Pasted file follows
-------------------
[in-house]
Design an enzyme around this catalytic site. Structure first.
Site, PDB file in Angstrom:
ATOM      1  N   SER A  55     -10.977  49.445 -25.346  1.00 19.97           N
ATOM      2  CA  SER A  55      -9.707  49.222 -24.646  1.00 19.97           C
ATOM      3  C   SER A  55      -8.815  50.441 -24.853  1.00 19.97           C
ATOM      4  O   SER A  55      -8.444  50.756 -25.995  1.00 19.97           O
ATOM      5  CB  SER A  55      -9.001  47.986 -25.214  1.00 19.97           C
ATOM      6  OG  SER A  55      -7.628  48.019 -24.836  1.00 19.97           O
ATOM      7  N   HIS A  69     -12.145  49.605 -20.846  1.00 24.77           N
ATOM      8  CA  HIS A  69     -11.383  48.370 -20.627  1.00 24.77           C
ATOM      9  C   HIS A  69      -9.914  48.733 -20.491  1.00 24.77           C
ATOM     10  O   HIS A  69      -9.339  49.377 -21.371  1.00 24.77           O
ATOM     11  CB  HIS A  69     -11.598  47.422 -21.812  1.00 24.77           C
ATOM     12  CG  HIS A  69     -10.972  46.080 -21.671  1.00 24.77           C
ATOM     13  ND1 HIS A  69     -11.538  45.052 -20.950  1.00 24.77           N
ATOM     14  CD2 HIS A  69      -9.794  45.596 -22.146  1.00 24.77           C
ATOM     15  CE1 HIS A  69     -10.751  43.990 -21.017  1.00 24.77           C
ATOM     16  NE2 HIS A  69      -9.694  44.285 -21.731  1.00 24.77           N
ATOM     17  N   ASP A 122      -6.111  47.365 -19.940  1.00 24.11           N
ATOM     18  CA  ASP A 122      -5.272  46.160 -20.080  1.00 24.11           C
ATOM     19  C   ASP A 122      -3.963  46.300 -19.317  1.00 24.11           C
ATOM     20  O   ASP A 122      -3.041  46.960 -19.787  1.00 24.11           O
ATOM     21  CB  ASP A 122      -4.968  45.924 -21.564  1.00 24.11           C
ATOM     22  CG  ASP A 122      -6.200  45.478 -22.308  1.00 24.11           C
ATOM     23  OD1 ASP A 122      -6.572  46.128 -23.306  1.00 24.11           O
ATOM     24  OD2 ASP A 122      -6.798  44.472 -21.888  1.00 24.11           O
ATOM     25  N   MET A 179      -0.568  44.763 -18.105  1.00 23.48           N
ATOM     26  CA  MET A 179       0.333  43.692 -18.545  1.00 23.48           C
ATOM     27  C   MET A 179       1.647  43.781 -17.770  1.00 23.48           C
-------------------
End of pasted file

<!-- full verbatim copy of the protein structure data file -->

[in-house]
Design an enzyme around this catalytic site. Structure first.
Site, PDB file in Angstrom:
ATOM      1  N   SER A  55     -10.977  49.445 -25.346  1.00 19.97           N
ATOM      2  CA  SER A  55      -9.707  49.222 -24.646  1.00 19.97           C
ATOM      3  C   SER A  55      -8.815  50.441 -24.853  1.00 19.97           C
ATOM      4  O   SER A  55      -8.444  50.756 -25.995  1.00 19.97           O
ATOM      5  CB  SER A  55      -9.001  47.986 -25.214  1.00 19.97           C
ATOM      6  OG  SER A  55      -7.628  48.019 -24.836  1.00 19.97           O
ATOM      7  N   HIS A  69     -12.145  49.605 -20.846  1.00 24.77           N
ATOM      8  CA  HIS A  69     -11.383  48.370 -20.627  1.00 24.77           C
ATOM      9  C   HIS A  69      -9.914  48.733 -20.491  1.00 24.77           C
ATOM     10  O   HIS A  69      -9.339  49.377 -21.371  1.00 24.77           O
ATOM     11  CB  HIS A  69     -11.598  47.422 -21.812  1.00 24.77           C
ATOM     12  CG  HIS A  69     -10.972  46.080 -21.671  1.00 24.77           C
ATOM     13  ND1 HIS A  69     -11.538  45.052 -20.950  1.00 24.77           N
ATOM     14  CD2 HIS A  69      -9.794  45.596 -22.146  1.00 24.77           C
ATOM     15  CE1 HIS A  69     -10.751  43.990 -21.017  1.00 24.77           C
ATOM     16  NE2 HIS A  69      -9.694  44.285 -21.731  1.00 24.77           N
ATOM     17  N   ASP A 122      -6.111  47.365 -19.940  1.00 24.11           N
ATOM     18  CA  ASP A 122      -5.272  46.160 -20.080  1.00 24.11           C
ATOM     19  C   ASP A 122      -3.963  46.300 -19.317  1.00 24.11           C
ATOM     20  O   ASP A 122      -3.041  46.960 -19.787  1.00 24.11           O
ATOM     21  CB  ASP A 122      -4.968  45.924 -21.564  1.00 24.11           C
ATOM     22  CG  ASP A 122      -6.200  45.478 -22.308  1.00 24.11           C
ATOM     23  OD1 ASP A 122      -6.572  46.128 -23.306  1.00 24.11           O
ATOM     24  OD2 ASP A 122      -6.798  44.472 -21.888  1.00 24.11           O
ATOM     25  N   MET A 179      -0.568  44.763 -18.105  1.00 23.48           N
ATOM     26  CA  MET A 179       0.333  43.692 -18.545  1.00 23.48           C
ATOM     27  C   MET A 179       1.647  43.781 -17.770  1.00 23.48           C